The Body Politic and Roman Political Languages /

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Bibliographic Details
Author / Creator:Mebane, Julia, author.
Ann Arbor : ProQuest Dissertations & Theses, 2017
Description:1 electronic resource (256 pages)
Format: E-Resource Dissertations
Local Note:School code: 0330
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Other authors / contributors:University of Chicago. degree granting institution.
Notes:Advisors: Michele Lowrie Committee members: Clifford Ando; Shadi Bartsch.
This item is not available from ProQuest Dissertations & Theses.
Dissertation Abstracts International, Volume: 78-12(E), Section: A.
Summary:One of the great puzzles of classical antiquity is that while the Roman republic came to an end in 31 B.C.E., its paradigm of politics did not. Augustus, the first emperor, took the title of princeps---first citizen---and insisted that he was nothing more than a republican magistrate. Institutions maintained their traditional functions and writers roundly proclaimed the restoration of the ancestral res publica after a generation of civil war. Indeed, if we take the Romans at their word, the republic was alive and well for nearly a century after its fall. I take the apparent disjuncture between political discourse and constitutional form as my point of departure. Drawing on a diverse range of poetic, historical, and antiquarian texts, my dissertation argues that thinkers did acknowledge the implementation of autocracy, but that they did so in the realm of figurative language rather than explicitly political speech. In particular, they radically revised one of the foundational metaphors of Roman political life: the metaphor of the body politic.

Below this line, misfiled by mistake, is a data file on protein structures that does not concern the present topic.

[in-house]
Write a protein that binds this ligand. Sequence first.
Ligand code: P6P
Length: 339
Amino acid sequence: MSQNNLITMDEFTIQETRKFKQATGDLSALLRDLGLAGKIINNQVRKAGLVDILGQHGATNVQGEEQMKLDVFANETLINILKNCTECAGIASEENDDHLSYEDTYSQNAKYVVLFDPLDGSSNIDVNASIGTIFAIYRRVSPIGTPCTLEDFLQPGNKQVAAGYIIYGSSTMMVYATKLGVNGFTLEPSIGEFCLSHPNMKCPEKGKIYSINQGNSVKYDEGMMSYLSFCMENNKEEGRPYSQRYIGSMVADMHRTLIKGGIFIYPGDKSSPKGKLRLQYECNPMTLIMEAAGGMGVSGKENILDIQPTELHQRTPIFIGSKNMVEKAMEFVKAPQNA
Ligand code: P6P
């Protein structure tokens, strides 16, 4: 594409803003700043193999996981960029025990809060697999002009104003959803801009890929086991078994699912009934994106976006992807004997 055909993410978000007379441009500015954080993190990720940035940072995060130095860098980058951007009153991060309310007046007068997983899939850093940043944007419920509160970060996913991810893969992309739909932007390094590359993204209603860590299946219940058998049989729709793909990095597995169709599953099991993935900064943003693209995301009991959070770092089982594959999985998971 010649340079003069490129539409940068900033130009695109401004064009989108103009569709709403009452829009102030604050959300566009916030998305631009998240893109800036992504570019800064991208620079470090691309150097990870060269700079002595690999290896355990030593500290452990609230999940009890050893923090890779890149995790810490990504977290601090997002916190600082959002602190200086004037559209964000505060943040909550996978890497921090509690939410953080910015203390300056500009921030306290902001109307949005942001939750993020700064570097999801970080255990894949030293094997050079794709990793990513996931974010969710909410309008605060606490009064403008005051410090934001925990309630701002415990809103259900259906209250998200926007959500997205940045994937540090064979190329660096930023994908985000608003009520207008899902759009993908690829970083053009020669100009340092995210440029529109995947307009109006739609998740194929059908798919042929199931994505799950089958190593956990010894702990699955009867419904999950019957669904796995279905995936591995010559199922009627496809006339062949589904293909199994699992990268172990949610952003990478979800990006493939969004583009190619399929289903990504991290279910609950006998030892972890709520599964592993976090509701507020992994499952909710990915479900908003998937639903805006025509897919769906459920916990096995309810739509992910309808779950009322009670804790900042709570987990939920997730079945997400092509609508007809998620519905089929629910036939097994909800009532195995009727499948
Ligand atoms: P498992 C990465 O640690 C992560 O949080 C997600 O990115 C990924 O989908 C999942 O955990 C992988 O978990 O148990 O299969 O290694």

Under the republic, Rome was often analogized to an autonomous organism composed of interdependent parts. The classic formulation of this tradition was the Fable of the Belly, which described the senate as the stomach and the people as the limbs of the body politic. No attention was paid to the head, which signified Roman antipathy to kingship. Yet soon after Augustus' victory at Actium, thinkers reimagined the res publica as an organism that could not survive without a head-of-state to command it. Careful to avoid any implications of contemporary kingship, they methodically retrojected the new form of the body politic back onto republican history. Writing as if Rome had always been topped by a head-of-state, they resolutely denied any rupture between past and present. In this way, they adapted a traditional metaphor of societal organization to the context of autocracy long before it was acceptable to admit the existence of an emperor. Thinkers were thereby able to give expression to their lived reality of politics without transgressing the parameters of a deeply conservative discourse community.